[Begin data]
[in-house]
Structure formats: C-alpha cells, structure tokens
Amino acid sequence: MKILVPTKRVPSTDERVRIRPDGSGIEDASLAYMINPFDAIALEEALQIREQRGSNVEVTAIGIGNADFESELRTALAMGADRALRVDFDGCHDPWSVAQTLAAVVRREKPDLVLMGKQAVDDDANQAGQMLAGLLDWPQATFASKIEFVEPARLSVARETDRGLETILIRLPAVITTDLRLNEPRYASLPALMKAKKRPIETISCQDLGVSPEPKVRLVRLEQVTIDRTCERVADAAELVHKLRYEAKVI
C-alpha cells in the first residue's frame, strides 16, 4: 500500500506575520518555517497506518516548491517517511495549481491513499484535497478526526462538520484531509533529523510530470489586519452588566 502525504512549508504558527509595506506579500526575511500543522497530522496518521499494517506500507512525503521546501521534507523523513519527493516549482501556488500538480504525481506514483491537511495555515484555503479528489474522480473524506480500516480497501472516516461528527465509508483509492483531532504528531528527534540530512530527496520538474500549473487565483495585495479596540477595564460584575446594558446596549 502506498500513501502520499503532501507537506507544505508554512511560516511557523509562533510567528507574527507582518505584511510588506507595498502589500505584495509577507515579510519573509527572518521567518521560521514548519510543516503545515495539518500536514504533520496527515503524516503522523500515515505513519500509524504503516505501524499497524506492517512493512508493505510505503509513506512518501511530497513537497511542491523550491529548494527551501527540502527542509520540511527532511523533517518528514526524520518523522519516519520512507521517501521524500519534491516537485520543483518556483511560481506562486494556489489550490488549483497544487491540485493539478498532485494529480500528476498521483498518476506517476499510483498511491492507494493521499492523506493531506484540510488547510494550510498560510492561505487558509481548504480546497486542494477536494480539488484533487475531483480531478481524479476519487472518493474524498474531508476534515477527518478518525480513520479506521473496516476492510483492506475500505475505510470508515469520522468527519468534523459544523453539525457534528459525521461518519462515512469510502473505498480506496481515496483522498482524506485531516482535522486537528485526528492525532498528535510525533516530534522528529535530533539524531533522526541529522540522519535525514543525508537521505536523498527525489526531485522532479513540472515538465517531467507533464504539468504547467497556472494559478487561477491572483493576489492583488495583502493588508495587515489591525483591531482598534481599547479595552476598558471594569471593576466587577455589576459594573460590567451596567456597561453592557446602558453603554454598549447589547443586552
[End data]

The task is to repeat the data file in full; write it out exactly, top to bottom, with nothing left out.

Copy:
[in-house]
Structure formats: C-alpha cells, structure tokens
Amino acid sequence: MKILVPTKRVPSTDERVRIRPDGSGIEDASLAYMINPFDAIALEEALQIREQRGSNVEVTAIGIGNADFESELRTALAMGADRALRVDFDGCHDPWSVAQTLAAVVRREKPDLVLMGKQAVDDDANQAGQMLAGLLDWPQATFASKIEFVEPARLSVARETDRGLETILIRLPAVITTDLRLNEPRYASLPALMKAKKRPIETISCQDLGVSPEPKVRLVRLEQVTIDRTCERVADAAELVHKLRYEAKVI
C-alpha cells in the first residue's frame, strides 16, 4: 500500500506575520518555517497506518516548491517517511495549481491513499484535497478526526462538520484531509533529523510530470489586519452588566 502525504512549508504558527509595506506579500526575511500543522497530522496518521499494517506500507512525503521546501521534507523523513519527493516549482501556488500538480504525481506514483491537511495555515484555503479528489474522480473524506480500516480497501472516516461528527465509508483509492483531532504528531528527534540530512530527496520538474500549473487565483495585495479596540477595564460584575446594558446596549 502506498500513501502520499503532501507537506507544505508554512511560516511557523509562533510567528507574527507582518505584511510588506507595498502589500505584495509577507515579510519573509527572518521567518521560521514548519510543516503545515495539518500536514504533520496527515503524516503522523500515515505513519500509524504503516505501524499497524506492517512493512508493505510505503509513506512518501511530497513537497511542491523550491529548494527551501527540502527542509520540511527532511523533517518528514526524520518523522519516519520512507521517501521524500519534491516537485520543483518556483511560481506562486494556489489550490488549483497544487491540485493539478498532485494529480500528476498521483498518476506517476499510483498511491492507494493521499492523506493531506484540510488547510494550510498560510492561505487558509481548504480546497486542494477536494480539488484533487475531483480531478481524479476519487472518493474524498474531508476534515477527518478518525480513520479506521473496516476492510483492506475500505475505510470508515469520522468527519468534523459544523453539525457534528459525521461518519462515512469510502473505498480506496481515496483522498482524506485531516482535522486537528485526528492525532498528535510525533516530534522528529535530533539524531533522526541529522540522519535525514543525508537521505536523498527525489526531485522532479513540472515538465517531467507533464504539468504547467497556472494559478487561477491572483493576489492583488495583502493588508495587515489591525483591531482598534481599547479595552476598558471594569471593576466587577455589576459594573460590567451596567456597561453592557446602558453603554454598549447589547443586552